the stud, and still is in blooming condition. The first bid for him was 2000 guineas. By rises of 250 guineas, offers reached 6000 guineas, at which several would-be buyers dropped out-, and the battle.was carried on by Messrs. J. F. Foster, of Cullengoral stud, Gulgong, New South Wales, and Mr. P. Miller. The Kia-ora- studmaster's final bid of 9250 guineas was topped by Mr. Foster's 0500 guineas. As the hammer fell Eossendale, who had been in a most complacent mood, caused much amusement by suddenly cavorting around the ring and neighing loudly. Mr. Foster was warmly applauded on his courageous • purchase. The old horse will' have to travel some hundreds of miles to,reach his new home, whereas Pantheon had to cross only the road dividing Kingsfield from Kia-ora. Mr. Miller was keen to get Rpssendale, but I think his idea when he ceased bidding was that the horse was then above the actual value for a stallion of that age, notwithstanding his success to date.

"There Goes the Little —-"

An Australian huntsman visited England recently, and had a run* with the shires. He rode, straight, as usual, and was well up at the finish. As he rode home, well satisfied with his performance, he found the rest of the field seemed disinclined to speak to him, and noticing the cold shoulder everywhere he wondered what mistake he had made. It was his first appearance in an English hunting field, and he did not want it to be his last. Accordingly he sought out the master, and telling what had happened, inquired what he had done wrong. The reply was, "Well, as you ask me, I'll tell you. In England when the fox-goes away, "it is customary to shout 'Yoicks!< Tally Ho!' not 'There goes the little ' and we did not quite understand it, that's all." The fact that' he had ridden straight, however, covered a multitude of sins, and at the next run he shouted "Yoicks! Tally Ho!" in most approved style.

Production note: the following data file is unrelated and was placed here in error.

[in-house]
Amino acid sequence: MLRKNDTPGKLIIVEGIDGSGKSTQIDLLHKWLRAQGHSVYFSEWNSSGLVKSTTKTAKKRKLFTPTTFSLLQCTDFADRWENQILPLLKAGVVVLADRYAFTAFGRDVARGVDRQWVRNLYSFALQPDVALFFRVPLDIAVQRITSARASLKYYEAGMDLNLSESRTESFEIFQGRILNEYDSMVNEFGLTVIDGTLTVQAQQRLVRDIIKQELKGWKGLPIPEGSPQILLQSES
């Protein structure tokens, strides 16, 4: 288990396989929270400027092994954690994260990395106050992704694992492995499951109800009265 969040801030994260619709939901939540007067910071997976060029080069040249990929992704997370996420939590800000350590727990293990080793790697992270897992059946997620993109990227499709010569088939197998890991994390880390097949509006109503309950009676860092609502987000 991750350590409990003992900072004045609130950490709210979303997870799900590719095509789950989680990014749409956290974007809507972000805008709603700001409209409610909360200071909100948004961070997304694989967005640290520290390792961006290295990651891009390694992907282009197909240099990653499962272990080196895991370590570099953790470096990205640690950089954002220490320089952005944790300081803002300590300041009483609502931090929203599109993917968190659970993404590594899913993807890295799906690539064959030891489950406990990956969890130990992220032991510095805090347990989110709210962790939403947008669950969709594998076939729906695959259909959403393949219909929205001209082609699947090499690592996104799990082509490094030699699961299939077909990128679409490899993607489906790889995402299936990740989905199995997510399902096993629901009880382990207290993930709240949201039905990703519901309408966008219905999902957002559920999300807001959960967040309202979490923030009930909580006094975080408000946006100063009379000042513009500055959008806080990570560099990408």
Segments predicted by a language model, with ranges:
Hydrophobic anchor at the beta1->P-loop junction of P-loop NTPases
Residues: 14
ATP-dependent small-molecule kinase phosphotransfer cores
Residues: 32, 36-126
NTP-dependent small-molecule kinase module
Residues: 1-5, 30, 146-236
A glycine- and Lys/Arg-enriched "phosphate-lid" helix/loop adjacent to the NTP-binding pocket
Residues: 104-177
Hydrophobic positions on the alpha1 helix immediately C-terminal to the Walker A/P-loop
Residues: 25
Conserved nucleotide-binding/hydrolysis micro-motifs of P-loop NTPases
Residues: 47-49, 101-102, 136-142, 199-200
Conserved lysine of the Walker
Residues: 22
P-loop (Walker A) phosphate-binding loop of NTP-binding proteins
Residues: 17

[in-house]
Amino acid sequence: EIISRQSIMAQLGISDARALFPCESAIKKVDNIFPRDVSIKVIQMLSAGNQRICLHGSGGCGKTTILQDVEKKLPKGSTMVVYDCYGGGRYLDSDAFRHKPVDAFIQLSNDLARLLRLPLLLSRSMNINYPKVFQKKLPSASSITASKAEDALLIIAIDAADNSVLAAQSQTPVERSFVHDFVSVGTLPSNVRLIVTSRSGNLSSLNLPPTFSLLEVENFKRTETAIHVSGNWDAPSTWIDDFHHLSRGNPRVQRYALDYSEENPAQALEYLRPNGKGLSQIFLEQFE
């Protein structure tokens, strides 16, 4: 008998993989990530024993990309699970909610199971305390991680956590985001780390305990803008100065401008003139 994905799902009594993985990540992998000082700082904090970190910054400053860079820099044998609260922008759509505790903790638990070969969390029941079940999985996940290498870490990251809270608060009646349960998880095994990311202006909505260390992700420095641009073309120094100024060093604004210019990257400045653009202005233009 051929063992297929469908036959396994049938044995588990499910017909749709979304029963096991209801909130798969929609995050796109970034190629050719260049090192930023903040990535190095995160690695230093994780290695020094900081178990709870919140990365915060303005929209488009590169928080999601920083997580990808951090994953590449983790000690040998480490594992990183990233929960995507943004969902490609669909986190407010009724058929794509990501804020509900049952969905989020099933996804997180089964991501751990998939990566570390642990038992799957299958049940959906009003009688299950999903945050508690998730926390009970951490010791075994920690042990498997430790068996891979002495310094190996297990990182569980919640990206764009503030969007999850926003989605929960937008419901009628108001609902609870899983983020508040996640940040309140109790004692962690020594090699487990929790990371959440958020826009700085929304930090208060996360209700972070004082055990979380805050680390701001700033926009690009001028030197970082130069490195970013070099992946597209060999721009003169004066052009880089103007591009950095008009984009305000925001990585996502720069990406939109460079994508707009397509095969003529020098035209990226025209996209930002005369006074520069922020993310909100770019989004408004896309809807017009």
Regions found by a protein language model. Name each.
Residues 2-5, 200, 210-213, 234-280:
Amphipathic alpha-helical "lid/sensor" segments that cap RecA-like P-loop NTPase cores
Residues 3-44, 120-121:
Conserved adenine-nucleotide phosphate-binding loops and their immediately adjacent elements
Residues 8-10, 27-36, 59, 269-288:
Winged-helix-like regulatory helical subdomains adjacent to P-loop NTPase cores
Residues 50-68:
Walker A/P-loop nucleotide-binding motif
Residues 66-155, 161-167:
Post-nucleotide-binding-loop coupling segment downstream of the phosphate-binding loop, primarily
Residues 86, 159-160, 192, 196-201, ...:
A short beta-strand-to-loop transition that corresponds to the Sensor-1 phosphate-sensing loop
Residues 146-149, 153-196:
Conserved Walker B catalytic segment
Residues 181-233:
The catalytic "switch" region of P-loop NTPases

A System* that Failed,

We often hear .of systems being followed for backing horses, and at times being successful at the outset, with the usual ending—failure. The year in which Hermit won the English Derby there was a man who earned the sobriquet of "Ready Money Riley," through ■ his insistence on always betting for cash, says an exchange. At the beginning of the season of 1866 he was in very poor circumstances, but being a shrewd man he evolved a system of backing horses. Whether there was anything, in it was never known, for the secret died with him. At any rate he managed to borrow a £5 note, to begin with, and in a few. months had £30,000 to his '"•'"lit. He would bet in thonsands ■ race, and always staked his money, v'ne day he backed Hermit for £1000, and 1 when he asked Henry Steel, the' bookmaker, to double the bet he refused, telling Riley that in future he could not possibly undertake to carry such heavy sums of money about with him. He declared he would have to do as others did, book his bets and settle on the Monday. This appeared to break the system up." Whether it was that when he ceased to handle the money he was less careful, than when he had to'stake it at the. time, it was a case of up like a rocket and down like a stick. Riley in a very short time was borrowing a sovereign from th<» man 'who lent: him the fiver to get back to town- after a: race meetinc. .